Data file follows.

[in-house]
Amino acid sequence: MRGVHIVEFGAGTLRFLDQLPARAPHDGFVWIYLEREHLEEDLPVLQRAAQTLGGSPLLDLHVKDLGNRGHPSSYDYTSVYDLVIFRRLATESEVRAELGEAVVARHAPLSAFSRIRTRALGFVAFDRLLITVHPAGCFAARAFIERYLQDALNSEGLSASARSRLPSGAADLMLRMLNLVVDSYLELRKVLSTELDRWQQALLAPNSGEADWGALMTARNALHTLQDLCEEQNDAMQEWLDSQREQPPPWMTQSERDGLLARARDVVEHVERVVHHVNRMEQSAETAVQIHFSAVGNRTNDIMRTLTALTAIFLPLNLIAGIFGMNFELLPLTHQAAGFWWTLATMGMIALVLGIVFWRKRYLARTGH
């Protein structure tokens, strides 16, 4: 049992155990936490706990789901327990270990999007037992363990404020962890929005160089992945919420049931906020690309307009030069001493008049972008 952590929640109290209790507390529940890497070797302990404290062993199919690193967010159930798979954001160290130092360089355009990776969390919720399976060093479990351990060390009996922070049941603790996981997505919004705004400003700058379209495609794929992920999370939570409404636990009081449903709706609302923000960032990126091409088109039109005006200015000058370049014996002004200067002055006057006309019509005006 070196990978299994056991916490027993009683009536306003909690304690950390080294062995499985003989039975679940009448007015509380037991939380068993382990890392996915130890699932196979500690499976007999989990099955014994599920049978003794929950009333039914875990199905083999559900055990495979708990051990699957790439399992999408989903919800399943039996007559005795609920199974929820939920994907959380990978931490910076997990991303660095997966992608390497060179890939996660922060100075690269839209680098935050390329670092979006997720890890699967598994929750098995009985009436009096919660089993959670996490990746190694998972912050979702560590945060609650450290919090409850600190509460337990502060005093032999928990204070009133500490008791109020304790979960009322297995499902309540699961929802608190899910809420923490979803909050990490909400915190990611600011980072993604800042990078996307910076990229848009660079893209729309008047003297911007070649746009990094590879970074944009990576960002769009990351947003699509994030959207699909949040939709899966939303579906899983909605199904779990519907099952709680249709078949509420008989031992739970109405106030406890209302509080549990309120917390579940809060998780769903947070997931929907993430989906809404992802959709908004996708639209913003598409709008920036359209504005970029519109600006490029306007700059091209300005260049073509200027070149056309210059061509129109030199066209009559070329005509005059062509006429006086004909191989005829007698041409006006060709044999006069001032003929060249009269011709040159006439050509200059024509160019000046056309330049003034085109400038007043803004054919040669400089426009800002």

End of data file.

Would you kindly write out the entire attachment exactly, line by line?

[in-house]
Amino acid sequence: MRGVHIVEFGAGTLRFLDQLPARAPHDGFVWIYLEREHLEEDLPVLQRAAQTLGGSPLLDLHVKDLGNRGHPSSYDYTSVYDLVIFRRLATESEVRAELGEAVVARHAPLSAFSRIRTRALGFVAFDRLLITVHPAGCFAARAFIERYLQDALNSEGLSASARSRLPSGAADLMLRMLNLVVDSYLELRKVLSTELDRWQQALLAPNSGEADWGALMTARNALHTLQDLCEEQNDAMQEWLDSQREQPPPWMTQSERDGLLARARDVVEHVERVVHHVNRMEQSAETAVQIHFSAVGNRTNDIMRTLTALTAIFLPLNLIAGIFGMNFELLPLTHQAAGFWWTLATMGMIALVLGIVFWRKRYLARTGH
């Protein structure tokens, strides 16, 4: 049992155990936490706990789901327990270990999007037992363990404020962890929005160089992945919420049931906020690309307009030069001493008049972008 952590929640109290209790507390529940890497070797302990404290062993199919690193967010159930798979954001160290130092360089355009990776969390919720399976060093479990351990060390009996922070049941603790996981997505919004705004400003700058379209495609794929992920999370939570409404636990009081449903709706609302923000960032990126091409088109039109005006200015000058370049014996002004200067002055006057006309019509005006 070196990978299994056991916490027993009683009536306003909690304690950390080294062995499985003989039975679940009448007015509380037991939380068993382990890392996915130890699932196979500690499976007999989990099955014994599920049978003794929950009333039914875990199905083999559900055990495979708990051990699957790439399992999408989903919800399943039996007559005795609920199974929820939920994907959380990978931490910076997990991303660095997966992608390497060179890939996660922060100075690269839209680098935050390329670092979006997720890890699967598994929750098995009985009436009096919660089993959670996490990746190694998972912050979702560590945060609650450290919090409850600190509460337990502060005093032999928990204070009133500490008791109020304790979960009322297995499902309540699961929802608190899910809420923490979803909050990490909400915190990611600011980072993604800042990078996307910076990229848009660079893209729309008047003297911007070649746009990094590879970074944009990576960002769009990351947003699509994030959207699909949040939709899966939303579906899983909605199904779990519907099952709680249709078949509420008989031992739970109405106030406890209302509080549990309120917390579940809060998780769903947070997931929907993430989906809404992802959709908004996708639209913003598409709008920036359209504005970029519109600006490029306007700059091209300005260049073509200027070149056309210059061509129109030199066209009559070329005509005059062509006429006086004909191989005829007698041409006006060709044999006069001032003929060249009269011709040159006439050509200059024509160019000046056309330049003034085109400038007043803004054919040669400089426009800002």